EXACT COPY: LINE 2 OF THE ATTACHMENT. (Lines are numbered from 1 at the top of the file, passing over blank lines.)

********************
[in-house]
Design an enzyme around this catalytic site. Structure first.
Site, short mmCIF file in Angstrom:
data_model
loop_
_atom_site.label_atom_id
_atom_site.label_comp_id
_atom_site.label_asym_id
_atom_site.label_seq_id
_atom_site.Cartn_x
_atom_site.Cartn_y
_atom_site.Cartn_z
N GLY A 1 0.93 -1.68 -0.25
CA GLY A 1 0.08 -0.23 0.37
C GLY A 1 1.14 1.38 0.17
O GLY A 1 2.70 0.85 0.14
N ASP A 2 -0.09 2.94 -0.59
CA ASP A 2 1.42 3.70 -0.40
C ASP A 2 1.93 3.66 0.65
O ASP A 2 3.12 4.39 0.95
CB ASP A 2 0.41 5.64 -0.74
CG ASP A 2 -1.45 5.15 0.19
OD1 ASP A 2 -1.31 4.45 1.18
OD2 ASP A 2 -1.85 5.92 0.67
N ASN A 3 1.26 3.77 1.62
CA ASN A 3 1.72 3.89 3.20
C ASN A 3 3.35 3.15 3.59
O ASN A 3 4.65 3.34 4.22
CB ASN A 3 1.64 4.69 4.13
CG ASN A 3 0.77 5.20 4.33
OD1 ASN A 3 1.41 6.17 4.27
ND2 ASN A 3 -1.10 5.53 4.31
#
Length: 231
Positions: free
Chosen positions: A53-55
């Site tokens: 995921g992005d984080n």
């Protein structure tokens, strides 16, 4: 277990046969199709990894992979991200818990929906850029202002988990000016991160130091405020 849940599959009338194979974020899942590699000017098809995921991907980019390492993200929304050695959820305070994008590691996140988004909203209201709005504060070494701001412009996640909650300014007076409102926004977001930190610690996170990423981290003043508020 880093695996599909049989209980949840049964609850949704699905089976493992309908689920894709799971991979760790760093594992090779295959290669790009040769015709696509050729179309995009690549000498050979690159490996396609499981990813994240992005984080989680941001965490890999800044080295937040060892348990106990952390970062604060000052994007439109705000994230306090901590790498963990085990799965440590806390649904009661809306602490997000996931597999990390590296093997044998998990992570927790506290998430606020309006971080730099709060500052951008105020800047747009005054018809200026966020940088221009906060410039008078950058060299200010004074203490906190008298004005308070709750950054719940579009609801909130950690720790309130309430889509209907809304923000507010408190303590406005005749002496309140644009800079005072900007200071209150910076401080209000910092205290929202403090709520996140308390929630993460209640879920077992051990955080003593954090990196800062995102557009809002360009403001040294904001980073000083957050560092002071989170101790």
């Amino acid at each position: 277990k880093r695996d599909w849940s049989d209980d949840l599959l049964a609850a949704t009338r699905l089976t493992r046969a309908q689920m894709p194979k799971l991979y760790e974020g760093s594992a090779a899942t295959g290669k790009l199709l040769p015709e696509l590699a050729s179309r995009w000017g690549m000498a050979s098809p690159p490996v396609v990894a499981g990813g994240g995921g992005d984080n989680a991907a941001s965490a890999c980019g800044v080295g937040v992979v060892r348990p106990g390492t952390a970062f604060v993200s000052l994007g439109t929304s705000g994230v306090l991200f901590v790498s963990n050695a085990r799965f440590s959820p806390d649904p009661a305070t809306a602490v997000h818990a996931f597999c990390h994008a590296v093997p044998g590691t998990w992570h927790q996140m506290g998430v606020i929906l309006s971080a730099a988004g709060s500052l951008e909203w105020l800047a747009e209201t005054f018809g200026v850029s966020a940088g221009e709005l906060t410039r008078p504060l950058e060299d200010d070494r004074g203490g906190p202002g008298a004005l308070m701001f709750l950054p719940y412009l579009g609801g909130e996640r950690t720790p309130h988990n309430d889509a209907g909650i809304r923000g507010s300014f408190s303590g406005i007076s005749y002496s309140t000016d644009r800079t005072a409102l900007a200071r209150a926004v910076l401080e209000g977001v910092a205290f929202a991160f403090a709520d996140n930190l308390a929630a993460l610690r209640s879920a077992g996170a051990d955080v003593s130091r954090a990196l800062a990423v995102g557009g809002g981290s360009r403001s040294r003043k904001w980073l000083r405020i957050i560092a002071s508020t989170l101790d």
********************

Design an enzyme around this catalytic site. Structure first.